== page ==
4. Since the Global Financial Crisis (GFC) which we are still struggling to emerge from, it is imperative to manage investments actively. To review prices time and time again against the original benchmark comparables that were used at the outset of the investment decision.

It is not so much as to berate oneself, but to gauge suitability and any changes in personal risk appetite.

How does one hedge against credit deterioration from a retail perspective ?

That is a tough undertaking. Institutions have access to the credit default swap market for most liquid and rated names, although SGD denominated corporate bonds are not deliverable under CDS agreements, it is a decent proxy for credit.

Retail investors have no access to the CDS market and thus can only hedge themselves via short selling equity (as a specific credit hedge) or equity indices which is an imperfect option. Bond options are also not readily available as with short selling bonds.

Hedging against specific credit events is virtually impossible other than short selling the specific equity for the retail person and thus, the importance of proper investment analysis.

Hedging against interest rate rises is an easier affair. Some private banks offer interest rate swaps to clients and for those who have no access to that market, they can easily sell interest rate futures in the futures market or sell government bond futures. It may sound easy but it would be hard for the retail person to have a view on the interest rate market to form a strong enough opinion to make a pre-emptive decision.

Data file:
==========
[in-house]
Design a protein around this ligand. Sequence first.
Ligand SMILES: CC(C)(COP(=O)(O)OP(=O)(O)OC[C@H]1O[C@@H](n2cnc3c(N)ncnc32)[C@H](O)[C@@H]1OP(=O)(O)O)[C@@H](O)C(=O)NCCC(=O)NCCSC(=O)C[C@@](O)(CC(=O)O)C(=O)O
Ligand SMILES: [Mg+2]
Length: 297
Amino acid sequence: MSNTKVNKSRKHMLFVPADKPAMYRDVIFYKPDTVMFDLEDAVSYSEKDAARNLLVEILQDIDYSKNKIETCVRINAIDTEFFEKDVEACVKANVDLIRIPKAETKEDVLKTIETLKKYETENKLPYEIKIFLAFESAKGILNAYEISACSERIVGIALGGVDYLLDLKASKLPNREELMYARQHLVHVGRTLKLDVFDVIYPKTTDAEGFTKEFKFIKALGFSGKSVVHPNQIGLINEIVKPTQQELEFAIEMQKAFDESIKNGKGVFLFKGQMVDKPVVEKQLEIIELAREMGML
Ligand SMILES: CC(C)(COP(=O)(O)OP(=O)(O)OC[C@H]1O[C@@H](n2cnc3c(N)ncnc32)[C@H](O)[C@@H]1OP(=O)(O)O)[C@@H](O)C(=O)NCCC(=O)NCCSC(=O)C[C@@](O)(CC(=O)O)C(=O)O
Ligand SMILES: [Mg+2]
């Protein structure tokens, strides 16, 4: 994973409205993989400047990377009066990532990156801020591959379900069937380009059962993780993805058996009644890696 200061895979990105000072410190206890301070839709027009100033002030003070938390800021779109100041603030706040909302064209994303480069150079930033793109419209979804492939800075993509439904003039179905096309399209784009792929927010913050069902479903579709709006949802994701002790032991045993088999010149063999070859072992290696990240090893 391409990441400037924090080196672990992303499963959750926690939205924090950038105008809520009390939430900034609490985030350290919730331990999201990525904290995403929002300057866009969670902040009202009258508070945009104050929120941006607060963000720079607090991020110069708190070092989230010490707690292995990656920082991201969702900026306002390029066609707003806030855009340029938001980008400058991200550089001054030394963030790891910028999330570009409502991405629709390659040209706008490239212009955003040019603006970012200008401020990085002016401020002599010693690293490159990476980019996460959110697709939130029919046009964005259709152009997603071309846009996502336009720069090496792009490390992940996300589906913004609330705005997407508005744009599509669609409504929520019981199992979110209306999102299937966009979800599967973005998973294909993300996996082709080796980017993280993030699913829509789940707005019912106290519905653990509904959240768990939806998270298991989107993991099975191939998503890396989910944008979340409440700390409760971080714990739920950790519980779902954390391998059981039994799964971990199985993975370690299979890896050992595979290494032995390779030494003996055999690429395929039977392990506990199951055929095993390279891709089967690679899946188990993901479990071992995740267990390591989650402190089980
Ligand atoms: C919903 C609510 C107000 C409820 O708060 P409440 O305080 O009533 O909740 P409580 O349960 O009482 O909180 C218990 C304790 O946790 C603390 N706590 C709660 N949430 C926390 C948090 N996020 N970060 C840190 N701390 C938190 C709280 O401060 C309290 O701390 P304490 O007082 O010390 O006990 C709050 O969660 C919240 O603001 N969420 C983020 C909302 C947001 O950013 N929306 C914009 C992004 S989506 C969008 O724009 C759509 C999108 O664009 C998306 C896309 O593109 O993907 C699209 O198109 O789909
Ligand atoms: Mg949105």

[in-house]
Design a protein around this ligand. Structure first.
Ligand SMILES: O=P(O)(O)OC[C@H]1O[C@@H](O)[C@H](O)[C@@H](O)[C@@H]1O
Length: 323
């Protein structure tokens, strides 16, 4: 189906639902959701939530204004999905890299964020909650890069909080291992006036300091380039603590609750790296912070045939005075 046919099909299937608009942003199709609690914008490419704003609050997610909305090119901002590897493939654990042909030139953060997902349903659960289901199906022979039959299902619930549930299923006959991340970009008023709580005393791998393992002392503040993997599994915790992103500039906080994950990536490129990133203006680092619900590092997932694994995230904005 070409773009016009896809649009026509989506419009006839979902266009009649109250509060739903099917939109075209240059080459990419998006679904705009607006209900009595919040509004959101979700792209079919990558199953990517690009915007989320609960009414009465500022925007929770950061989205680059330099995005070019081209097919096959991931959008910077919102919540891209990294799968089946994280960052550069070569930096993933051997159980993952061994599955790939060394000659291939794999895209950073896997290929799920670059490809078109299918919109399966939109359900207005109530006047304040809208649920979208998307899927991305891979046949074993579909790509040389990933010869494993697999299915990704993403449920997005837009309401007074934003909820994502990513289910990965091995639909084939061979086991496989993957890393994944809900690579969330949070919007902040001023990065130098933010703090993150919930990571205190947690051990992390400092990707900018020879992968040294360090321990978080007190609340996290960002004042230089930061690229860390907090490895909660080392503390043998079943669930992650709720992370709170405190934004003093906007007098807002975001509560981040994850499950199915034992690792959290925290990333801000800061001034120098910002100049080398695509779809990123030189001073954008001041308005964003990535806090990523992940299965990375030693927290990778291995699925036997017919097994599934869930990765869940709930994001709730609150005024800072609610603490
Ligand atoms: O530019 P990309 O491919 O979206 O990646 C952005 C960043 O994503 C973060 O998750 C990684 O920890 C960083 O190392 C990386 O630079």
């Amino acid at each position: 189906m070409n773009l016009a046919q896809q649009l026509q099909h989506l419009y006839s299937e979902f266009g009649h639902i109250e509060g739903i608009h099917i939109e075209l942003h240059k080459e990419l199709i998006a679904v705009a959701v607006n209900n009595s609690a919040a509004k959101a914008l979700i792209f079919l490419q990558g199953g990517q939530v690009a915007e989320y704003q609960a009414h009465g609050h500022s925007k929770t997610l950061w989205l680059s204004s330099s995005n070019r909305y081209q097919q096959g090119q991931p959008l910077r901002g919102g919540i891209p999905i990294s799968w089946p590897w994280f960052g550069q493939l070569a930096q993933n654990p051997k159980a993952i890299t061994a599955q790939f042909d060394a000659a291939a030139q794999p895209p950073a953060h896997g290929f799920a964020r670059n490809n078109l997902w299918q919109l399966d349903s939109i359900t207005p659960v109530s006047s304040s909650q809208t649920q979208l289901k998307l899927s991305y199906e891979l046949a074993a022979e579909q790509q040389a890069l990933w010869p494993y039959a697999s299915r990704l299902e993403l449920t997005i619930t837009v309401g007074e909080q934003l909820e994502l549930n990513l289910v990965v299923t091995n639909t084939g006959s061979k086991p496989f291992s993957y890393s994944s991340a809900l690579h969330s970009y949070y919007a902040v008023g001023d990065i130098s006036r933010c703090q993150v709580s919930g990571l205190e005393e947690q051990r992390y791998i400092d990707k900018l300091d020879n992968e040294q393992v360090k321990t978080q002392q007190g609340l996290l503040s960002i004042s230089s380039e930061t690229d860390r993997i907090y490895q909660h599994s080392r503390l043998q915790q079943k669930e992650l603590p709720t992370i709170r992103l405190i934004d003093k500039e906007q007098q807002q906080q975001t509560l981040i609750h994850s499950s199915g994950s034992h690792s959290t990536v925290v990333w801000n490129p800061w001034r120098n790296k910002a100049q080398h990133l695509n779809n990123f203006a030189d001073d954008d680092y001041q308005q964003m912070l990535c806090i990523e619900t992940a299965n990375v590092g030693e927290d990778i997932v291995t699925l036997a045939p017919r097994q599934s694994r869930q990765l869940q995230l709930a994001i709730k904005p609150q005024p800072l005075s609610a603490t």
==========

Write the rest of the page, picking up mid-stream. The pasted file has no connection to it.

5.  A final consideration for investment I must mention is a component of market risk. That one should consider the illiquidity of the bond.

Local, unrated corporate bonds are less likely to be universally traded than global, rated names. That is a given. The OTC nature of the marketplace deems that banks are not obliged to make prices and one would have to find a willing buyer or seller before buying. There is every chance that the bond can stop trading in any instance.

Considering that banks will have less limits to trade perpetual bonds and sub debts due to their higher cost of capital (and thus, would translate to wider prices) is important to balance the higher yield one would demand as compensation.

The assumption is that the poorer the credit quality, the more volatile and less liquid the bond would be. That may not be the first thought in the initial investment decision but could cause one to rue the day in times of a crisis.


There is so much ground to cover that I do not feel that I have done justice in this little chapter. Experience and know how is not something that can be transplanted into a book let alone a mini bond guide. Yet I do think it is definitely a worthy preoccupation for me in the months and years ahead.